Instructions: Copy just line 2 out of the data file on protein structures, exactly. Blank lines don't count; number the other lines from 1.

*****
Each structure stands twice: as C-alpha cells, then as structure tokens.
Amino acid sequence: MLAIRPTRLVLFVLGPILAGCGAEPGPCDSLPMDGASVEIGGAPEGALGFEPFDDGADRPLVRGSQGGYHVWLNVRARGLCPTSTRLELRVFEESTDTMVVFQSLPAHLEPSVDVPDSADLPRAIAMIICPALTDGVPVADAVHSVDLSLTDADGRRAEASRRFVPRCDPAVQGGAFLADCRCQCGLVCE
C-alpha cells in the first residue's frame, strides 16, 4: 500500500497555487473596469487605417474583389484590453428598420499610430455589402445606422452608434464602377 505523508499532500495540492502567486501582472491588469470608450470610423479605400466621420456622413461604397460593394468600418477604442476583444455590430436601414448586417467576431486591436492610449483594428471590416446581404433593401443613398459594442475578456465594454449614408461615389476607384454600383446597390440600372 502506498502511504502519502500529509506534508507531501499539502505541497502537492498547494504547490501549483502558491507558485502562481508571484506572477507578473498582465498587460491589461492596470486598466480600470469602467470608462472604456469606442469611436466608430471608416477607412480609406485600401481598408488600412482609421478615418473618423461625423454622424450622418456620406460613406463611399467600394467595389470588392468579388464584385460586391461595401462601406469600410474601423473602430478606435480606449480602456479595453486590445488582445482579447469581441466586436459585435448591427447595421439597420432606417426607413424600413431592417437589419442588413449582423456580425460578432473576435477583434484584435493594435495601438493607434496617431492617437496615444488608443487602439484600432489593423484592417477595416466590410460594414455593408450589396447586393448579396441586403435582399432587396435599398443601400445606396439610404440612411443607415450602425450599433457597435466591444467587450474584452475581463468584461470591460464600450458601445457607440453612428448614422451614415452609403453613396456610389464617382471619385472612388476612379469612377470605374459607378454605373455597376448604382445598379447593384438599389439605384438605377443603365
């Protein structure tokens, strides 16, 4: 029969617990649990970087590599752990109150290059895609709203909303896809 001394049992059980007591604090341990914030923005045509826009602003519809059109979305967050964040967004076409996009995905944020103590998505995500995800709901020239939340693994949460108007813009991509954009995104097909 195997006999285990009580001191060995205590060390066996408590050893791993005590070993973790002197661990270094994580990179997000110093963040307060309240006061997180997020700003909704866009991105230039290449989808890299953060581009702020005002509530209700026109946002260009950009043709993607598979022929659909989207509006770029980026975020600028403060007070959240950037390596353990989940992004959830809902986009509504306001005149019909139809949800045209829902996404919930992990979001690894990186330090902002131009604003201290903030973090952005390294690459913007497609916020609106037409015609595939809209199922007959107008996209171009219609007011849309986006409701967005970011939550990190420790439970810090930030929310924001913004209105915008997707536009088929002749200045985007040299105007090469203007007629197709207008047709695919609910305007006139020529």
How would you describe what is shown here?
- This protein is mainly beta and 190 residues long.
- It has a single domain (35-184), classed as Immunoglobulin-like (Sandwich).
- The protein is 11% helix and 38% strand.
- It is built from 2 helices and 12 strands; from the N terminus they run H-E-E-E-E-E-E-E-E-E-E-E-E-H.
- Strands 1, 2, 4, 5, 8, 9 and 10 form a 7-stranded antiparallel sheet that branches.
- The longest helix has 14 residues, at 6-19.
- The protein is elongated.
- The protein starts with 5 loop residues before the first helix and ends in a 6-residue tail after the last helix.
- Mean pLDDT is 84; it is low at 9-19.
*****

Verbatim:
Amino acid sequence: MLAIRPTRLVLFVLGPILAGCGAEPGPCDSLPMDGASVEIGGAPEGALGFEPFDDGADRPLVRGSQGGYHVWLNVRARGLCPTSTRLELRVFEESTDTMVVFQSLPAHLEPSVDVPDSADLPRAIAMIICPALTDGVPVADAVHSVDLSLTDADGRRAEASRRFVPRCDPAVQGGAFLADCRCQCGLVCE